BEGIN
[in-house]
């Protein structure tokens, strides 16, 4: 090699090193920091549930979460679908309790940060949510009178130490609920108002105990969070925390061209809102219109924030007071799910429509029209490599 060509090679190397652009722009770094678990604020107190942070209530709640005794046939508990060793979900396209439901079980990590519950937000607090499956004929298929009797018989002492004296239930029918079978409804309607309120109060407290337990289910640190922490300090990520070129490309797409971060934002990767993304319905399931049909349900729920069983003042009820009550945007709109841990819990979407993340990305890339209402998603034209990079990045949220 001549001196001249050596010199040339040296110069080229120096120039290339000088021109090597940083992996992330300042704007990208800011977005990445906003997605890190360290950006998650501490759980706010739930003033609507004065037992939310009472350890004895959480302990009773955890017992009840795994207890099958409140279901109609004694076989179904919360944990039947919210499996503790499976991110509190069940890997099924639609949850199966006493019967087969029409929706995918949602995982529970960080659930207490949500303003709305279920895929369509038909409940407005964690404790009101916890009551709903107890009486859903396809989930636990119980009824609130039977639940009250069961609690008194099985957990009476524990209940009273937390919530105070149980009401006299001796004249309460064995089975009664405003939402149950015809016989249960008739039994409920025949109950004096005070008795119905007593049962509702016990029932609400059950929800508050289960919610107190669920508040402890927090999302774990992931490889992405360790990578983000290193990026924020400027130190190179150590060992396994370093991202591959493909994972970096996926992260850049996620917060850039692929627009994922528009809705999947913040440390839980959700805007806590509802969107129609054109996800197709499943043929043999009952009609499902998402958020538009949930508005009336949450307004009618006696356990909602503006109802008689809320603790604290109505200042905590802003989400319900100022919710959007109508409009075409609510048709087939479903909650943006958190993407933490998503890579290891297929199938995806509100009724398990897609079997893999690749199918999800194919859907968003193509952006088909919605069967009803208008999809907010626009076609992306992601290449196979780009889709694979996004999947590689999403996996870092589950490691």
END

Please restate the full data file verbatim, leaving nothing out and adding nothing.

[in-house]
């Protein structure tokens, strides 16, 4: 090699090193920091549930979460679908309790940060949510009178130490609920108002105990969070925390061209809102219109924030007071799910429509029209490599 060509090679190397652009722009770094678990604020107190942070209530709640005794046939508990060793979900396209439901079980990590519950937000607090499956004929298929009797018989002492004296239930029918079978409804309607309120109060407290337990289910640190922490300090990520070129490309797409971060934002990767993304319905399931049909349900729920069983003042009820009550945007709109841990819990979407993340990305890339209402998603034209990079990045949220 001549001196001249050596010199040339040296110069080229120096120039290339000088021109090597940083992996992330300042704007990208800011977005990445906003997605890190360290950006998650501490759980706010739930003033609507004065037992939310009472350890004895959480302990009773955890017992009840795994207890099958409140279901109609004694076989179904919360944990039947919210499996503790499976991110509190069940890997099924639609949850199966006493019967087969029409929706995918949602995982529970960080659930207490949500303003709305279920895929369509038909409940407005964690404790009101916890009551709903107890009486859903396809989930636990119980009824609130039977639940009250069961609690008194099985957990009476524990209940009273937390919530105070149980009401006299001796004249309460064995089975009664405003939402149950015809016989249960008739039994409920025949109950004096005070008795119905007593049962509702016990029932609400059950929800508050289960919610107190669920508040402890927090999302774990992931490889992405360790990578983000290193990026924020400027130190190179150590060992396994370093991202591959493909994972970096996926992260850049996620917060850039692929627009994922528009809705999947913040440390839980959700805007806590509802969107129609054109996800197709499943043929043999009952009609499902998402958020538009949930508005009336949450307004009618006696356990909602503006109802008689809320603790604290109505200042905590802003989400319900100022919710959007109508409009075409609510048709087939479903909650943006958190993407933490998503890579290891297929199938995806509100009724398990897609079997893999690749199918999800194919859907968003193509952006088909919605069967009803208008999809907010626009076609992306992601290449196979780009889709694979996004999947590689999403996996870092589950490691």